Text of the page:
Failure, then, was Cioran’s close companion, loyal muse, chief inspiration. He looks at the world — at people, events, and situations — through its unflinching eyes. He can measure, for example, the depth of someone’s inner life by the way they approach failure: “This is how we recognize the man who has tendencies toward an inner quest: he will set failure above any success.” How so? Because failure, Cioran thinks, “always essential, reveals us to ourselves, permits us to see ourselves as God sees us, whereas success distances us from what is most inward in ourselves and indeed in everything.” Show me how you deal with failure, and I will tell you more about yourself. Only “in failure, in the greatness of a catastrophe, can you know someone.”
Whatever success he had, Cioran considered it from the standpoint of his lifetime “failure project,” and he developed a habit of reading success into failure and failure into success. The most successful things he did were not his books, celebrated and translated all over the world as they became, nor his growing influence among people of philosophical taste. Not even his status as a master of the French language. “The big success of my life,” he says, “is that I’ve managed to live without having a job. At the end of the day, I’ve lived my life well. I’ve pretended it has been a failure, but it hasn’t.”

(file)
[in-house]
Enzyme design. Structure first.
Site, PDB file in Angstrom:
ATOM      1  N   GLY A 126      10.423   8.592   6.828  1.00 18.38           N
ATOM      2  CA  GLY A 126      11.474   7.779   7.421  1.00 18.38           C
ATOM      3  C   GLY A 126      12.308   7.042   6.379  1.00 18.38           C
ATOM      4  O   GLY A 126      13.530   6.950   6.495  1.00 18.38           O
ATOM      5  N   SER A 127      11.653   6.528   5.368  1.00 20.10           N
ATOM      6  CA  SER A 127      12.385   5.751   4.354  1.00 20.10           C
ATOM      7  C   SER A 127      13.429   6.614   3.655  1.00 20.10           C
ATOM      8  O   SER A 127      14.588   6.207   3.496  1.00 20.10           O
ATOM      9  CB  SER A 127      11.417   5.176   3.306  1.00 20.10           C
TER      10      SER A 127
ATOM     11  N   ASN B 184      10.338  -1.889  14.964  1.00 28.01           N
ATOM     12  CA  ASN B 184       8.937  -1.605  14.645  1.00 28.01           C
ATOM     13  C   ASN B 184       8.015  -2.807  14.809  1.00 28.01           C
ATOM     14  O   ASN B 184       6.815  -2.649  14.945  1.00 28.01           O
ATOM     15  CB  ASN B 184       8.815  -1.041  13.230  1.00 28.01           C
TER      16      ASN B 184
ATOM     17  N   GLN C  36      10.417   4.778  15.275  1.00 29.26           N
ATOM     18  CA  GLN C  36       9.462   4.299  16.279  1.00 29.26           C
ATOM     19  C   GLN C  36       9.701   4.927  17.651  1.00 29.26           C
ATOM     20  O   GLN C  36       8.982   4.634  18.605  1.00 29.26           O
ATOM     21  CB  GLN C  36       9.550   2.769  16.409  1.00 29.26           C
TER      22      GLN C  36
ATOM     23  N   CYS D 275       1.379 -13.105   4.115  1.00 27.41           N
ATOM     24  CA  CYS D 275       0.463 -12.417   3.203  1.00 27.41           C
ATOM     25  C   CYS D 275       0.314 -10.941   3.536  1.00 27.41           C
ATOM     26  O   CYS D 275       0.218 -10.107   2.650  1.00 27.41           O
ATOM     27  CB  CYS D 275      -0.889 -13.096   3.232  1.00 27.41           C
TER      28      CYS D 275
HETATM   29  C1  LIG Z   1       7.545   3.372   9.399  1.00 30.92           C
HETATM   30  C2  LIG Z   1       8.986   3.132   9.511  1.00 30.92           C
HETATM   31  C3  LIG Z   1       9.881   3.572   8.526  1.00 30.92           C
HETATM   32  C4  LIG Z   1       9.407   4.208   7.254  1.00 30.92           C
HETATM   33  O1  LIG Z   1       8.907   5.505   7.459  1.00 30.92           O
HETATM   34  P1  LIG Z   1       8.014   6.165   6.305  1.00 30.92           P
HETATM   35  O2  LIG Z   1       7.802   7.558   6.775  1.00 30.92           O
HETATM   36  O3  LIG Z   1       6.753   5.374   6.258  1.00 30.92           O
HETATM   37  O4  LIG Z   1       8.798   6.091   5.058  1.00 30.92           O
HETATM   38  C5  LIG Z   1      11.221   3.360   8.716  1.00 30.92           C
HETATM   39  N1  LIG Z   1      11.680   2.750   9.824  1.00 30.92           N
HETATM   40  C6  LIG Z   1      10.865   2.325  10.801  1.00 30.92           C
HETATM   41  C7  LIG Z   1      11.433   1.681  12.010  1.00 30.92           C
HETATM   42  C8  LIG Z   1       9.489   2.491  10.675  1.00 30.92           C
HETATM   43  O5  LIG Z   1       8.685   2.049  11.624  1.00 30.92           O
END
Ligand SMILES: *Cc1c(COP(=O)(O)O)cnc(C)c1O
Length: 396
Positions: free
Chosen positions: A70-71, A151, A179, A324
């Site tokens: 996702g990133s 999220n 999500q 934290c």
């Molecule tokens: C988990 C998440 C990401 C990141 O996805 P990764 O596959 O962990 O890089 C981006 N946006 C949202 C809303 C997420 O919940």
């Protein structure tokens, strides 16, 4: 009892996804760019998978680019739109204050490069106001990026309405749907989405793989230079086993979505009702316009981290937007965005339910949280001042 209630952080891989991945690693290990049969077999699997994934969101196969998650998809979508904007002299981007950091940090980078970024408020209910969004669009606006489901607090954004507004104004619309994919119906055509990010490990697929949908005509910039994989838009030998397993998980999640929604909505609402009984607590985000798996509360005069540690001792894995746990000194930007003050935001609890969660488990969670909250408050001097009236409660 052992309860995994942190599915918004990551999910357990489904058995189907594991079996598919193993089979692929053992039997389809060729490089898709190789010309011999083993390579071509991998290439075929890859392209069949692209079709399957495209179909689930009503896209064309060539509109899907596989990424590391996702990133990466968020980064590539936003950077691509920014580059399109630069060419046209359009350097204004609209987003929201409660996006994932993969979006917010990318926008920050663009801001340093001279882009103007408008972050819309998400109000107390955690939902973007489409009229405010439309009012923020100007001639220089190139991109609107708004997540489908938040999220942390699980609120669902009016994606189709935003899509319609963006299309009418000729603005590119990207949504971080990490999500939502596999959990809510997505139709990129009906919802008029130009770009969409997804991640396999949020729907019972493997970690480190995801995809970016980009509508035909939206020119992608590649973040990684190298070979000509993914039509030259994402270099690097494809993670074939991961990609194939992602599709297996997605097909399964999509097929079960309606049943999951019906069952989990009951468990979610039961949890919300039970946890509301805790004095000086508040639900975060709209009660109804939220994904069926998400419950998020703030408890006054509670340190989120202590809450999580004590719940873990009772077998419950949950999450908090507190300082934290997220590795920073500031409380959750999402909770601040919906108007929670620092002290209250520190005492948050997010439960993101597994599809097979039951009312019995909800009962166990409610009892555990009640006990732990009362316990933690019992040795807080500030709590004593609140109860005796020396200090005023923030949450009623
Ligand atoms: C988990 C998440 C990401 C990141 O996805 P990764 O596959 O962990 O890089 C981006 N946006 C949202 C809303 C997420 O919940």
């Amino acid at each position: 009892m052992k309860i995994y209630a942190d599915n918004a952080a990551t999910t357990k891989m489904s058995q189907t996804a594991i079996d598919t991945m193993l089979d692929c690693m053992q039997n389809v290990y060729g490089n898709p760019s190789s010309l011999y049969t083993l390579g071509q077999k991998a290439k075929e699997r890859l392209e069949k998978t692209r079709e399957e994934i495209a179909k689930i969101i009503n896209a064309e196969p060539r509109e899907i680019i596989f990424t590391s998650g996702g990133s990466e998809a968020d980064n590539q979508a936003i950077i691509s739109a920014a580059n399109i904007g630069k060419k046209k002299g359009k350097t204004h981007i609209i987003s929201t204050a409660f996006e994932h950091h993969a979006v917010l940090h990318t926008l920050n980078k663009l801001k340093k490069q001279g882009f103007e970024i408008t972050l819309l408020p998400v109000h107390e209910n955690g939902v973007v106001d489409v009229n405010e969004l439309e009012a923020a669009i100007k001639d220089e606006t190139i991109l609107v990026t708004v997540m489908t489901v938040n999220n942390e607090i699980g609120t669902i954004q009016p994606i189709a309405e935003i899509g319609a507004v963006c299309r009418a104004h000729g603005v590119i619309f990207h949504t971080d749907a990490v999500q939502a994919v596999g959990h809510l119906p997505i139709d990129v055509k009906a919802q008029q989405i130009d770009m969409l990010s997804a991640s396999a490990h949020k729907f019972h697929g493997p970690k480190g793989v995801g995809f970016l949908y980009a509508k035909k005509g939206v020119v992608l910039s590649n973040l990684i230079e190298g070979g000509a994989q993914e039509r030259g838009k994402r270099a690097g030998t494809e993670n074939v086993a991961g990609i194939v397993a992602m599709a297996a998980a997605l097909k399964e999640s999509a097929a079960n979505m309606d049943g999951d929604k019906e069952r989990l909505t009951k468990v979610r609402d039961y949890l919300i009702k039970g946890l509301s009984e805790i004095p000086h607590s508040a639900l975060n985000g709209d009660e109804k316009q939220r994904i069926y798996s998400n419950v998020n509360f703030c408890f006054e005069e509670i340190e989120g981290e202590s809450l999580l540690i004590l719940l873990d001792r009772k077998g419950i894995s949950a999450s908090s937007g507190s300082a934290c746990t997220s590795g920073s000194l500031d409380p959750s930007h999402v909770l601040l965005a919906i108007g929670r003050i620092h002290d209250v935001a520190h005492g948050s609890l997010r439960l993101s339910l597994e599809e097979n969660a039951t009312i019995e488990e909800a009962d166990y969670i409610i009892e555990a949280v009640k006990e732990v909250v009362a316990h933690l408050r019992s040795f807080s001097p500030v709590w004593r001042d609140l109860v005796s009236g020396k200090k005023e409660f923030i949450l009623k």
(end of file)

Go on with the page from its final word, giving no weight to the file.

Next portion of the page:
In his books, Cioran never stopped berating the gods, except, we might say, for the god of failure, the demiurge of the Gnostics. There is something distinctly Gnostic about Cioran’s anti-cosmic philosophy and the manner of his thinking. Gnostic insights, images, and metaphors permeate his work, as scholars of Gnosticism have noticed. A Short History of Decay, The Temptation to Exist, and The New Gods, writes Jacques Lacarrière, are “texts which match the loftiest flashes of Gnostic thought.” Just like the Gnostics of old, Cioran sees creation as the result of a divine failure; human history and civilization are for him nothing but “the work of the devil,” the demiurge’s other name. In A Short History of Decay, he deems the God of this world “incompetent.” “Of all that was attempted on this side of nothingness,” he wonders, “is there anything more pathetic than this world, except for the idea which conceived it?” The French title of one of his most influential books, which in English has been published as The New Gods, is telling — Le Mauvais démiurge (1969): “the evil demiurge.” Here, with unconcealed sympathy, Cioran calls the Gnostics “fanatics of the divine nothingness” and praises them for having “grasped so well the essence of the fallen world.”
The cosmos is “fallen” for Cioran, but so is the social and political world. For truly nothing escapes failure for this 20th-century Gnostic. In an attempt to transcend the political failures of his youth, he sought to understand their deeper meaning and incorporate this understanding into the texture of his mature thinking. The result was a more nuanced philosophizing and a more humane thinker: his experiments with failure brought Cioran closer to a province of humanity to which he could not otherwise have had access, that of the ashamed and the humbled. You come across in his French books passages on failure of an inspired, drunken wisdom: